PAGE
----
Wilkinson plays the part of Lord Darcy in the third season showing of Showtimes miniseries The Tudors which began airing on 12 April 2009.

He participated in U.S. Senator Ted Kennedy's birthday celebration at the Kennedy Center in Washington, D.C. on 8 March 2009. The highlight of the evening was when President Barack Obama arrived on the stage and together with all the performers sang "Happy Birthday" to Ted Kennedy. He also was asked to perform at the John F. Kennedy Memorial Library at the Memorial Service for Senator Kennedy on 28 August 2009, the evening before the Senator's funeral.

On 24 May 2009 Wilkinson performed in the National Memorial Day Concert at the Capitol building in Washington, D.C., in front of a large audience and screened live across America on PBS.

A solo album was released in January 2010 titled "Broadway and Beyond: The Concert Songs". It covers all of the songs that he performed on his cross-Canada tour in 2007. His previous album was released in 2002, titled "Some of My Best Friends Are Songs". In it, he and his son Aaron Wilkinson cover the Cat Stevens song, "Father and Son", as a duet. The album is an eclectic mix of show tunes, his personal favorites and several songs from his stage productions. His support of PBS and listener-supported television in North America, following his participation in the 10th anniversary of the production of Les Misérables, brought him an hour-long program performing, including some of the songs from the album and one, "Gethsemane" from Jesus Christ Superstar, which he sheepishly admits that he had waited to perform for 23 years. The rendition is powerful and emotive. His television broadcast supporting Stage Heroes, Colm Wilkinson right on the heels of Les Misérables, brought positive reviews from fans and critics, with readers adding his name to their lists of "the five greatest singers ever", in Rolling Stone Magazine.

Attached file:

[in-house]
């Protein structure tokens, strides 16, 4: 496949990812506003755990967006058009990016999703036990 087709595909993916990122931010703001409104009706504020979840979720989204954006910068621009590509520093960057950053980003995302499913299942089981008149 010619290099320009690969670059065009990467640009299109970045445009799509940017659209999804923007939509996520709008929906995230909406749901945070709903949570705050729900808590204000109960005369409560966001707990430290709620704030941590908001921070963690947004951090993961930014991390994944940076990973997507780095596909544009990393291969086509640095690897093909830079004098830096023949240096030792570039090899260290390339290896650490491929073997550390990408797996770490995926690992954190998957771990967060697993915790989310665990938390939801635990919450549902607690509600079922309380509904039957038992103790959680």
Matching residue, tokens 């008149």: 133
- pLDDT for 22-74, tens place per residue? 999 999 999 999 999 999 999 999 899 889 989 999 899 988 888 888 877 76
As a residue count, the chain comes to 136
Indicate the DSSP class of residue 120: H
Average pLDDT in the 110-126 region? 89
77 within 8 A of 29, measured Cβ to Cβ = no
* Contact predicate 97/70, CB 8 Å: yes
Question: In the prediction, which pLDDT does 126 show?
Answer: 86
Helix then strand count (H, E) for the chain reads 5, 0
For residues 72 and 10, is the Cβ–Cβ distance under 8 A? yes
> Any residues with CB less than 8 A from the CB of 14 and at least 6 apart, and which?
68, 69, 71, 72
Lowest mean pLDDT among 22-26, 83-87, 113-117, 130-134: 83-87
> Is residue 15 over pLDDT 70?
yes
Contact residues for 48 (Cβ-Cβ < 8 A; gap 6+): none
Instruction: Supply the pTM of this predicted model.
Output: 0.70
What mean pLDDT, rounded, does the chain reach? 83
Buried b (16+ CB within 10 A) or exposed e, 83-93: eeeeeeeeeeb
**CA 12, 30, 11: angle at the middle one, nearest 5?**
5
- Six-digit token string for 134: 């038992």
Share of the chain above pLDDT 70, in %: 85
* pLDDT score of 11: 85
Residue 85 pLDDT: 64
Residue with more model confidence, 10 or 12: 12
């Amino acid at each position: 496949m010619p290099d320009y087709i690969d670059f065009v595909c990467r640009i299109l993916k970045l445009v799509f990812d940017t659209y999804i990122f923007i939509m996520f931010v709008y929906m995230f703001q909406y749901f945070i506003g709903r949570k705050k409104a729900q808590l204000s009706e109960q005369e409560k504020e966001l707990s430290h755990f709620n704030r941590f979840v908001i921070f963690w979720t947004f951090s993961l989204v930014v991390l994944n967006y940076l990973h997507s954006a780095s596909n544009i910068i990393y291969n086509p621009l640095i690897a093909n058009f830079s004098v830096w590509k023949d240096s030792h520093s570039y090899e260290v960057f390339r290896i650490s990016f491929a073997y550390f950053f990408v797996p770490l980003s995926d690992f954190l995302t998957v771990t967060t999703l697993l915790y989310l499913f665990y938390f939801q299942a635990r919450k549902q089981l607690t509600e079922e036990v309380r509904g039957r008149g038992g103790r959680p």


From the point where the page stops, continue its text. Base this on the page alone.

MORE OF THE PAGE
On 3rd October 2010, Wilkinson was a special guest at the 25th Anniversary Concerts of Les Miserables, at the O2 Arena, alongside many other original cast members. He performed as part of a 'Valjean Quartet'; alongside Alfie Boe, John Owen-Jones and Simon Bowman (each whom has previously played the role of Jean Valjean in various productions of Les Misérables). This was recorded as a single and performed live at the London Palladium; during the Royal Variety Performance on 16 December 2010.

A year later, on 1st and 2nd October 2011, he appeared - alongside a number of former Phantoms - at the 25th Anniversary Celebration of The Phantom of the Opera, at The Royal Albert Hall.

He is a Founding Artist of , a musical theatre company in Toronto formed by artists in 2009, and performed in Theatre 20's 2011 Concert Series at the Panasonic Theatre. Other Founding Artists include Susan Gilmour, Louise Pitre, Ma-Anne Dionisio, Tamara Bernier Evans and Adam Brazier.

He performed his concert at the Toronto Centre for the Arts in August 2011 for two nights for Dancap Productions.

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Whole or part of the information contained in this card come from the Wikipedia article "Colm Wilkinson", licensed under CC-BY-SA full list of contributors here.